Having been subject to long-standing separate regulation in England and Wales, the distinct nature of special constables is recognised in law with clearly defined benefits that result directly from this separate status. In contrast, legislation in Scotland has long included special constables as “members of police forces” and has been drafted to take this into account. It would not be appropriate for special constables to have access to the same conditions of service, or indeed face the same restrictions, that legislation confers on regular officers. Including special constables in the existing definition of “members of police forces” would have that effect. Legislation on the pay and pensions of “members of police forces”, for example, is not relevant to special constables, who are unpaid volunteers, choosing to give up their free time to help strengthen our police forces. As warranted officers, special constables in England and Wales hold the office of constable and are therefore already included in the term “constable”. This means that, where legislation confers powers on a constable, they will also be exercisable by a special constable.

The noble Lord, Lord Coaker, mentioned how we value special constables, as did the noble Baroness, Lady Harris. I will digress briefly to set out what the Home Office is doing to recognise and support the special constabulary. The Home Office has raised the profile and status of the annual Lord Ferrers Awards, which recognise the outstanding contribution of volunteers in policing. We have consulted on proposals to extend the eligibility of the Queen’s Police Medal to special constables, along with proposals to lower the service threshold for bars to the Special Constabulary Long Service Medal from 10 to five years. Those proposals could support the retention of highly committed volunteers who may, for example, be incentivised by an award that recognises more realistically the length of service volunteers are able to provide and their ongoing commitment to public service. I hope that this also answers something of the question from the noble Lord, Lord Berkeley, about recruitment.

The noble Lord, Lord Coaker, referred to John Apter, chair of the Police Federation. I note that he started out as a special constable, which I suppose, by implication, suggests that that is a route into becoming a regular police officer.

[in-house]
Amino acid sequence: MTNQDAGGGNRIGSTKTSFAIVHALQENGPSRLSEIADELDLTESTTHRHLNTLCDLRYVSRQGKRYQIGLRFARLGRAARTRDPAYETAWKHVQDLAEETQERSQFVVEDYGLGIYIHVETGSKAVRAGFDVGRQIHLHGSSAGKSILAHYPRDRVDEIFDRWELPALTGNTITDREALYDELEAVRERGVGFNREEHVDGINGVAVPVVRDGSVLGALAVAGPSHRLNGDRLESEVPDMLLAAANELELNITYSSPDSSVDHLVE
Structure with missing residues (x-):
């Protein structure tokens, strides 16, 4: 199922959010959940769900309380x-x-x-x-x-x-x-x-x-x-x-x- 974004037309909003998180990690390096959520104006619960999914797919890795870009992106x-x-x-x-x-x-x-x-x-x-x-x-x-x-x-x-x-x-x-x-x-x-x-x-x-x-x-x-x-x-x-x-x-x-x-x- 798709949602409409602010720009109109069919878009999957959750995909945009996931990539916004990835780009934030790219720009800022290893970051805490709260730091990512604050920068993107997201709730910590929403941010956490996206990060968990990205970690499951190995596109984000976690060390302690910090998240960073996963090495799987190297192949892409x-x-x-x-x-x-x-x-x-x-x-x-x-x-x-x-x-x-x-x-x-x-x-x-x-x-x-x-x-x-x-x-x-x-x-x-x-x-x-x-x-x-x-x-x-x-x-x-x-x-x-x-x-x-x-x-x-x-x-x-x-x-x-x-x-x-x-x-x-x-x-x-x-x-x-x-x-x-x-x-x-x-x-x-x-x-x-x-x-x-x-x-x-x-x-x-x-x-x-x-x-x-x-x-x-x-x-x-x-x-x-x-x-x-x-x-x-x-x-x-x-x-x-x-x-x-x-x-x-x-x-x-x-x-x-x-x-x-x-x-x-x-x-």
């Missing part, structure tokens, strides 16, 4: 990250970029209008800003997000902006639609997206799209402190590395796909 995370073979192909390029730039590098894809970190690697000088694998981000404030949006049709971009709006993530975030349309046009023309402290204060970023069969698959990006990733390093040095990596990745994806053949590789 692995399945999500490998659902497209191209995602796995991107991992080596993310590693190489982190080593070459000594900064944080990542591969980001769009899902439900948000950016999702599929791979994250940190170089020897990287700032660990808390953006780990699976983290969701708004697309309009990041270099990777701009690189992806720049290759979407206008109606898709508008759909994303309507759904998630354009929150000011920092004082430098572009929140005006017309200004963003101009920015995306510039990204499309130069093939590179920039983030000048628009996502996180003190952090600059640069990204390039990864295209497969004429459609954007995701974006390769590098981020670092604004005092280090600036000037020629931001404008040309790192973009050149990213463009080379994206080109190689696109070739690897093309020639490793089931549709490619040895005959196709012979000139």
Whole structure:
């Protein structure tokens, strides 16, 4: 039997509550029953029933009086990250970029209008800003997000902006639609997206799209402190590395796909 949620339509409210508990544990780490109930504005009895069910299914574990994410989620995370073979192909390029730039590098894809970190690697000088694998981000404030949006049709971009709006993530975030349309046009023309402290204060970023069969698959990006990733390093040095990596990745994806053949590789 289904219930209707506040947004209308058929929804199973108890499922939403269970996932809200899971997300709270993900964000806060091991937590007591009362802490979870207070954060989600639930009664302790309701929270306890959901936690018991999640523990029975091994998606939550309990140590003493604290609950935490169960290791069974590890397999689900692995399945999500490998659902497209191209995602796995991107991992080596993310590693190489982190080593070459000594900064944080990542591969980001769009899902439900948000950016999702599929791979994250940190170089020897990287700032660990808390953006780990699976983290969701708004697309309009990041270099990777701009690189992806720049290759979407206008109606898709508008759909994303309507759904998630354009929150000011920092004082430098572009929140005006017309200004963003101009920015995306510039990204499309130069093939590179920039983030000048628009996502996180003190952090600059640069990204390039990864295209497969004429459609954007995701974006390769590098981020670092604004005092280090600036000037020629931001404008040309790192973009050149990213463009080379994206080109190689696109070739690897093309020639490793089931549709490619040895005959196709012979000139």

For those reasons, we consider that this amendment is not necessary and could cause confusion to the status of special constables, which the law recognises as distinct from regular officers. Further, this amendment could have unwelcome, unintended consequences, for example by applying pay provisions to volunteers. I hope that, in light of my explanation and assurance, the noble Lord, Lord Paddick, will be content to withdraw his amendment.

Photo of Lord Paddick Lord Paddick Liberal Democrat Lords Spokesperson (Home Affairs)

My Lords, I thank my noble friend Lady Harris of Richmond for her support and the noble Lord, Lord Coaker, for his inquisitiveness and his recognition of the value of specials. I warmly welcome the noble Lord, Lord Sharpe of Epsom, to the Dispatch Box. I am not sure whether this was his first outing, but it was a very, very good one. As he will find out, we work collaboratively in this House and it is good to work with such a wonderful Home Office spokesman—if that is not too over-the-top.

However, I did not actually hear—or if I did, I did not understand—why special constables are included as members of police forces in Scotland, and how all the objections the Minister raised, in terms of why they could not be members in England and Wales, have been got around in Scotland. As this is the Minister’s first outing, I would not press him to give me an answer now if he would prefer to write. But something tells me he may have the answer in his hands, in which case I shall allow him to respond.

Photo of Lord Sharpe of Epsom Lord Sharpe of Epsom Lord in Waiting (HM Household) (Whip) 8:30, 20 October 2021

I will try. The noble Lord is asking why specials are treated as members of the police force in Scotland but not in England and Wales. Special constables in England and Wales have been subject to long-standing separate regulation for members of police forces, and their distinct nature is recognised in law, with clearly defined benefits that result from this separate status. By contrast, legislation in Scotland has long included special constables as members of police forces, and it has been drafted to take that into account. I hope that goes some way to answering the noble Lord’s question.

Photo of Lord Paddick Lord Paddick Liberal Democrat Lords Spokesperson (Home Affairs)

It was a good try, but it quite clearly does not answer the question at all. Specials in Scotland have always been considered to be members of police forces; they are not paid, but if that happened in England and Wales, they would have to be paid like regular officers. I would like, if possible, for the noble Lord to write to me with a fuller explanation, rather than just stating what the facts are; an explanation of why the facts are as they are would be extremely helpful. But at this stage, I beg leave to withdraw my amendment.

Amendment 12 withdrawn.

Clause 3 agreed.

Clause 4: Meaning of dangerous driving: constables etc